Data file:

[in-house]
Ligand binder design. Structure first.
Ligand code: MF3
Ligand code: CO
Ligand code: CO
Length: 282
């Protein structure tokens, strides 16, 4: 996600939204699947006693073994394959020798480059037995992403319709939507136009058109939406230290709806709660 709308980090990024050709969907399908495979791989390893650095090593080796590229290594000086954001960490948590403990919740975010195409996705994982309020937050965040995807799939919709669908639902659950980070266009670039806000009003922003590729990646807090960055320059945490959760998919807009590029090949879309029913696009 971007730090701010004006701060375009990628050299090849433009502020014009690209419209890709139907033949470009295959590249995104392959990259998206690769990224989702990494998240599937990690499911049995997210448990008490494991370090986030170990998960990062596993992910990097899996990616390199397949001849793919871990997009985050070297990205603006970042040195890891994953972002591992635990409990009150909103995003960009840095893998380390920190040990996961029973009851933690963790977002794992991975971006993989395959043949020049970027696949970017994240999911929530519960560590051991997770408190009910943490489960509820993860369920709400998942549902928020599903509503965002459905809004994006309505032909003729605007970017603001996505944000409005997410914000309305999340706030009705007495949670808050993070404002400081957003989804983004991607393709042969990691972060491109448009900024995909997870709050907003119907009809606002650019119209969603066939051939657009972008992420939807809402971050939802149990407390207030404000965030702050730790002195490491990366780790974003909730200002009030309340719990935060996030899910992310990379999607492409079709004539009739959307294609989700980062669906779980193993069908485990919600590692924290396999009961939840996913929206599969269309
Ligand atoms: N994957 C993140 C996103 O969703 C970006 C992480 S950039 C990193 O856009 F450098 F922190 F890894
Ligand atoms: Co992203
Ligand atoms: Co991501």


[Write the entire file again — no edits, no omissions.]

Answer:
[in-house]
Ligand binder design. Structure first.
Ligand code: MF3
Ligand code: CO
Ligand code: CO
Length: 282
């Protein structure tokens, strides 16, 4: 996600939204699947006693073994394959020798480059037995992403319709939507136009058109939406230290709806709660 709308980090990024050709969907399908495979791989390893650095090593080796590229290594000086954001960490948590403990919740975010195409996705994982309020937050965040995807799939919709669908639902659950980070266009670039806000009003922003590729990646807090960055320059945490959760998919807009590029090949879309029913696009 971007730090701010004006701060375009990628050299090849433009502020014009690209419209890709139907033949470009295959590249995104392959990259998206690769990224989702990494998240599937990690499911049995997210448990008490494991370090986030170990998960990062596993992910990097899996990616390199397949001849793919871990997009985050070297990205603006970042040195890891994953972002591992635990409990009150909103995003960009840095893998380390920190040990996961029973009851933690963790977002794992991975971006993989395959043949020049970027696949970017994240999911929530519960560590051991997770408190009910943490489960509820993860369920709400998942549902928020599903509503965002459905809004994006309505032909003729605007970017603001996505944000409005997410914000309305999340706030009705007495949670808050993070404002400081957003989804983004991607393709042969990691972060491109448009900024995909997870709050907003119907009809606002650019119209969603066939051939657009972008992420939807809402971050939802149990407390207030404000965030702050730790002195490491990366780790974003909730200002009030309340719990935060996030899910992310990379999607492409079709004539009739959307294609989700980062669906779980193993069908485990919600590692924290396999009961939840996913929206599969269309
Ligand atoms: N994957 C993140 C996103 O969703 C970006 C992480 S950039 C990193 O856009 F450098 F922190 F890894
Ligand atoms: Co992203
Ligand atoms: Co991501």